Me — a designer? (and why you already are one / are on the right path)
A couple weeks ago, I had the fantastic opportunity to attend IDEO CoLab’s Makeathon, a full day of furious thinking, prototyping, and conceptualizing. Not only was it an amazing experience for someone who has had little to no design experience, but I also had the opportunity to meet some extremely talented and creative people. If you’re ever in Boston or near the Boston area, I highly recommend checking them out. They’re super cool, work on amazing projects, and are constantly at the forefront of innovation. The thing was, after their entire case brief and the steps they made us go through in the design process, I had a deja vu moment to middle school Ivan where he competed in a small competition called Future Problem Solving (fpspi.org if you want to check them out). As such, I realized that although design thinking and designing seemed like it was this lofty concept that people who spend their lives analyzing and being creative have the skillset to do, anyone can honestly do it.
You might be thinking, why should I care? I’ll tell you exactly why through an anecdotal story. During a planning meeting I had for the tech team in our entrepreneurship club, we were discussing ways in which we wanted to revamp our website. Although minimalist and sleek, it was a little bland, underused, and rarely updated. The result was, people on the team wanted to update it, add some more features, and completely redesign the look of it. However, when I thought about it a little more, it felt that we were missing the fundamental point:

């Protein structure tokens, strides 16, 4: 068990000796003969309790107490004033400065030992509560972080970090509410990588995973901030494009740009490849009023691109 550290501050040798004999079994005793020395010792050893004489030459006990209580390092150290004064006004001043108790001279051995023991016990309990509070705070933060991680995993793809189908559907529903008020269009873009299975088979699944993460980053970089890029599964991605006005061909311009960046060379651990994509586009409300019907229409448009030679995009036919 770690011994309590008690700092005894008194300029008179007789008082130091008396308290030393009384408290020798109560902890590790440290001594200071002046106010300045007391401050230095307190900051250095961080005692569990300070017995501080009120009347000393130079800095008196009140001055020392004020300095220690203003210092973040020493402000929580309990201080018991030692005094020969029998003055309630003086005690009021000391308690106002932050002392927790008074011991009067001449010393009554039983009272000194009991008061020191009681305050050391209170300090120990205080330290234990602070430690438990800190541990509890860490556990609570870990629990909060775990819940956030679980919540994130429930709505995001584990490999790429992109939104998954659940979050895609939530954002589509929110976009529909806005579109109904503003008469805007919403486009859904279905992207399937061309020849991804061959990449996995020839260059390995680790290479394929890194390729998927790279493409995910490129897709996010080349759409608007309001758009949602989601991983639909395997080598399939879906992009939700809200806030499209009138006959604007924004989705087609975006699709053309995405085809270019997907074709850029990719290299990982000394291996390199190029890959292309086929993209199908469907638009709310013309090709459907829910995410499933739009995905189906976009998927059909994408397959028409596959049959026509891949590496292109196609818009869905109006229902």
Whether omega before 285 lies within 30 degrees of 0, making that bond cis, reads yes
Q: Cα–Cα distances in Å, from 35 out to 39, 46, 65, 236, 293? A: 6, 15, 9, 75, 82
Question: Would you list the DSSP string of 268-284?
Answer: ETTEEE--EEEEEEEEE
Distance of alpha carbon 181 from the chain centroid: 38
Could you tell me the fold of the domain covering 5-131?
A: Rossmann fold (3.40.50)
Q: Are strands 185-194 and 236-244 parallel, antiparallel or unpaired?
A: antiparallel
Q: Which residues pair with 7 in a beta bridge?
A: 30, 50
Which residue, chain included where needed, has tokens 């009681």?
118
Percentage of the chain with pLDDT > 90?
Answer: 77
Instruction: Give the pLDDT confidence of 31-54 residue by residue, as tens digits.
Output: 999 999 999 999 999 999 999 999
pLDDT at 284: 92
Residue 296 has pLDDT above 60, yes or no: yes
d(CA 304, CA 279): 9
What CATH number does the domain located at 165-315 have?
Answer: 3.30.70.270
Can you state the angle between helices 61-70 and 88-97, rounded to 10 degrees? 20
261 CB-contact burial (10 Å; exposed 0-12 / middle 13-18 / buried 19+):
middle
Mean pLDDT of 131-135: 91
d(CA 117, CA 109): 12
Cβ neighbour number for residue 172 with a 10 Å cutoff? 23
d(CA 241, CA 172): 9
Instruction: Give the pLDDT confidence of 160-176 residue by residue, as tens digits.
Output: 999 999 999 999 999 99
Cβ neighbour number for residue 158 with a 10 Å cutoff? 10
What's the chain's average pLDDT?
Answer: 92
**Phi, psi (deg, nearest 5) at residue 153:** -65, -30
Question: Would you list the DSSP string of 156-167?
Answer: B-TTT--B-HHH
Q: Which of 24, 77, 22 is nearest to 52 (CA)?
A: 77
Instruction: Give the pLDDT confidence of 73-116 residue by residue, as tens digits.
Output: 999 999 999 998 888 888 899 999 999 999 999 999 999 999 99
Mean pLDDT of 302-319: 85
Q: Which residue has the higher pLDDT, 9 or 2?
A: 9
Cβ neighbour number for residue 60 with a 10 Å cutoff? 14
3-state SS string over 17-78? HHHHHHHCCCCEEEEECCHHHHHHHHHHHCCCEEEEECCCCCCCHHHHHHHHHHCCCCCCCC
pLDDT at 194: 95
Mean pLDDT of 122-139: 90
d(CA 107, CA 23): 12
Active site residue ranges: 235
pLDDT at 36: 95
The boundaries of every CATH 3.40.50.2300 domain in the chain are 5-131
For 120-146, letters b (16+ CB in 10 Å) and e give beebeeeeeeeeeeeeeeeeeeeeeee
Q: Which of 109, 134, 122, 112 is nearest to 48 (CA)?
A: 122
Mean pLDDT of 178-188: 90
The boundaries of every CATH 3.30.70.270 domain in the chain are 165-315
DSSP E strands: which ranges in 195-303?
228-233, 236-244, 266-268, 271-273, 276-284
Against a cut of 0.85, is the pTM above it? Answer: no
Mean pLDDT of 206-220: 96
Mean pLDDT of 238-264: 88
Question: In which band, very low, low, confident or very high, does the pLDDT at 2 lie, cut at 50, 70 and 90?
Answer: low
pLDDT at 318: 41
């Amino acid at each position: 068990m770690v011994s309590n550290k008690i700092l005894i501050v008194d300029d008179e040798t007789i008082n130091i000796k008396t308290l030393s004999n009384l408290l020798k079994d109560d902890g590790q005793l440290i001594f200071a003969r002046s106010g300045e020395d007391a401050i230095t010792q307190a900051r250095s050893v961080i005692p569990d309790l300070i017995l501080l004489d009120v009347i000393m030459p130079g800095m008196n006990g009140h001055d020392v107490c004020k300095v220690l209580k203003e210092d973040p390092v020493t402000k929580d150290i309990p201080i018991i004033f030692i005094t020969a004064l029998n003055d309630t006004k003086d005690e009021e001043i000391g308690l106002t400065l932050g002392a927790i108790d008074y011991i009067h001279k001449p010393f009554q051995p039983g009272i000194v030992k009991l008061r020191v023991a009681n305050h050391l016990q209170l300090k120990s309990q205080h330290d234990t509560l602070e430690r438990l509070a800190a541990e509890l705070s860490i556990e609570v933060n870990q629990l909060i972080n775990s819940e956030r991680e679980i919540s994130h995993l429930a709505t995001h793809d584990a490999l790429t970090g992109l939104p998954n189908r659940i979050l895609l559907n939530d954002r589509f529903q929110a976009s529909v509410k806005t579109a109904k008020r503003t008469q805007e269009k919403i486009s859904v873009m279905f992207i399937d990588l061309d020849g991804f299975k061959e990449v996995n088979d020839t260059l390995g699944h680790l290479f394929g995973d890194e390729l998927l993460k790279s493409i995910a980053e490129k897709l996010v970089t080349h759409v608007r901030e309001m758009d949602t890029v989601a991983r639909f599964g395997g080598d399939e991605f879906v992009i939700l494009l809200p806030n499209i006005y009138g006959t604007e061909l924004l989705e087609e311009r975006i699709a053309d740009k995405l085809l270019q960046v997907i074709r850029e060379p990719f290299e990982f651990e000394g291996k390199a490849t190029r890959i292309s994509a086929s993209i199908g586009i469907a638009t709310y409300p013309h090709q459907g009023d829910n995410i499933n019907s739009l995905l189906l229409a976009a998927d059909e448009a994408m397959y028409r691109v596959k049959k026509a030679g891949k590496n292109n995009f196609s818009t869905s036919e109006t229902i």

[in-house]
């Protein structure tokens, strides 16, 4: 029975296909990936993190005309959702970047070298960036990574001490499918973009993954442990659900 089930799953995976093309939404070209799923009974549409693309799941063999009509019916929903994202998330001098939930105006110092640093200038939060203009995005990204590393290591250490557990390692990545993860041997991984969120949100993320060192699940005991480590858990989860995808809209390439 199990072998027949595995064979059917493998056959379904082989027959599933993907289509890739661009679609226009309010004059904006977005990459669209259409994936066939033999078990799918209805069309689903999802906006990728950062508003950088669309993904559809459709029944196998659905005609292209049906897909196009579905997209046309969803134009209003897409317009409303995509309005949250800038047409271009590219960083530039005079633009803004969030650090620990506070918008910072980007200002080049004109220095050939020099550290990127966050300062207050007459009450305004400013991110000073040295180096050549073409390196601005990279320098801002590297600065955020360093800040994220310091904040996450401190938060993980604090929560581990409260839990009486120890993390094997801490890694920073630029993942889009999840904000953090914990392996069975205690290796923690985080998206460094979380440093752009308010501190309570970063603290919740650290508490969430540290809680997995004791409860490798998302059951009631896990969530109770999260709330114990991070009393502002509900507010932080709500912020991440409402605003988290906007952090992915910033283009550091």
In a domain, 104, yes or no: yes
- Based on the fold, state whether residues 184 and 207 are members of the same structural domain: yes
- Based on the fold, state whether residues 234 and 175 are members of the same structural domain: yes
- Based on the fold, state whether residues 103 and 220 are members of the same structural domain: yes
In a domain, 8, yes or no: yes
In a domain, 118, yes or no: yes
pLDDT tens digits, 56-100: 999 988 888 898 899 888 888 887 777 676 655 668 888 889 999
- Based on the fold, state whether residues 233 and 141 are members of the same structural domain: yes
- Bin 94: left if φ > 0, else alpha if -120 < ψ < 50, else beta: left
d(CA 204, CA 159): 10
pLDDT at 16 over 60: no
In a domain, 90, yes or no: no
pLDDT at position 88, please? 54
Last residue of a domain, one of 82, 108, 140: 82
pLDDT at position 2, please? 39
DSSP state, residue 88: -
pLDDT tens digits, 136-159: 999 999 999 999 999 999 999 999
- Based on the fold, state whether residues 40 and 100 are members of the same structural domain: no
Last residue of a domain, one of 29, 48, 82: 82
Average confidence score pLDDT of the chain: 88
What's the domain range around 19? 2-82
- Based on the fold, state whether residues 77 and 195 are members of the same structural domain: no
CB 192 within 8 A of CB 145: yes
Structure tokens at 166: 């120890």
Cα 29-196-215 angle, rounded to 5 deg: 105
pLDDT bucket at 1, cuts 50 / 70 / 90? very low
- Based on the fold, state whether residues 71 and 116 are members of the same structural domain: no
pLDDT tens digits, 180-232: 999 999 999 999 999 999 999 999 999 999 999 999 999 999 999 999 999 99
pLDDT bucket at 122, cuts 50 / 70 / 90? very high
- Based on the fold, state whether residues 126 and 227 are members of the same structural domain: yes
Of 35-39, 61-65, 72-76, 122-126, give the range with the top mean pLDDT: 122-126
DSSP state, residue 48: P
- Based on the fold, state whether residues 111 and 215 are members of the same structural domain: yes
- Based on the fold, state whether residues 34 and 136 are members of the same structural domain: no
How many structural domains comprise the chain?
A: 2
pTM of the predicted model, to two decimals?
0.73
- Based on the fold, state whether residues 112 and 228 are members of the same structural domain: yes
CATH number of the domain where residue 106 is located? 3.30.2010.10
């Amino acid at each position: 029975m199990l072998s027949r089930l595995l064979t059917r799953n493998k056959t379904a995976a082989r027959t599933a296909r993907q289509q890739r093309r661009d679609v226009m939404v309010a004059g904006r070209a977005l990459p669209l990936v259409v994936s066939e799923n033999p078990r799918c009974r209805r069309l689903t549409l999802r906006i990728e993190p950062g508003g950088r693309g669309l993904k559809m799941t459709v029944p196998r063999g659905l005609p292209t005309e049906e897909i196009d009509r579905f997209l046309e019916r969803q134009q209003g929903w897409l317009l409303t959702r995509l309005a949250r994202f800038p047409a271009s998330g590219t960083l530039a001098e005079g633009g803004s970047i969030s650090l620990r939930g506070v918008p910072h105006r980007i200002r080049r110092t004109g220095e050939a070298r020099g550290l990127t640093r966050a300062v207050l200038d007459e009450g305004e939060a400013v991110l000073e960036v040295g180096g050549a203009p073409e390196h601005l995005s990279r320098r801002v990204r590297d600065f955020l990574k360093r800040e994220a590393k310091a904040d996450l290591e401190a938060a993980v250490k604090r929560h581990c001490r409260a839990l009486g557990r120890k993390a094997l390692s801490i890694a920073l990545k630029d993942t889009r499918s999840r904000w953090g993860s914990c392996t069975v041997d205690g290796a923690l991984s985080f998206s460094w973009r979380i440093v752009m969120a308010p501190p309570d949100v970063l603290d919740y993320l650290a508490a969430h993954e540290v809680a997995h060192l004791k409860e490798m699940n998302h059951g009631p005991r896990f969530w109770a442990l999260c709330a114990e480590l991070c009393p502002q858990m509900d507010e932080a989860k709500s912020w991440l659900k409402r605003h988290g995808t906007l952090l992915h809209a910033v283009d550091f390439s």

What’s the point in designing a website that no one uses in the first place
The purpose of design is to be in the minds of the user, conceptualize what they’re doing, what they’re looking for, and then find the best ways to solve the habits they have. It’s less about what you want, and more about what you should be doing to help these people. If you’re really trying to find the best solution, you should constantly be doing research: user testing, user personas, talking to actual people, figuring out what people want. It doesn’t make sense to use only your own experiences and circumstances to design something.
Anyways, I took the same intuition that I brought with me to IDEO and brought our scope back into question. The group agreed, and we shifted gears slightly to figure out the best ways to provide the Brown EP site as a resource.
What it means to design
It means whatever you want it to be. Design is about improving experiences. It’s about improving situations. It’s about solving problems that exist. It should be user focused and it should be grounded in research. We as humans do this every day. We figure out problems in our routines. We use productivity apps to manage our lives. We use calendars to keep track of our day. If we want to fix something, we structure it in our lives. Everyone has this innate capacity, you just need something to bring it out.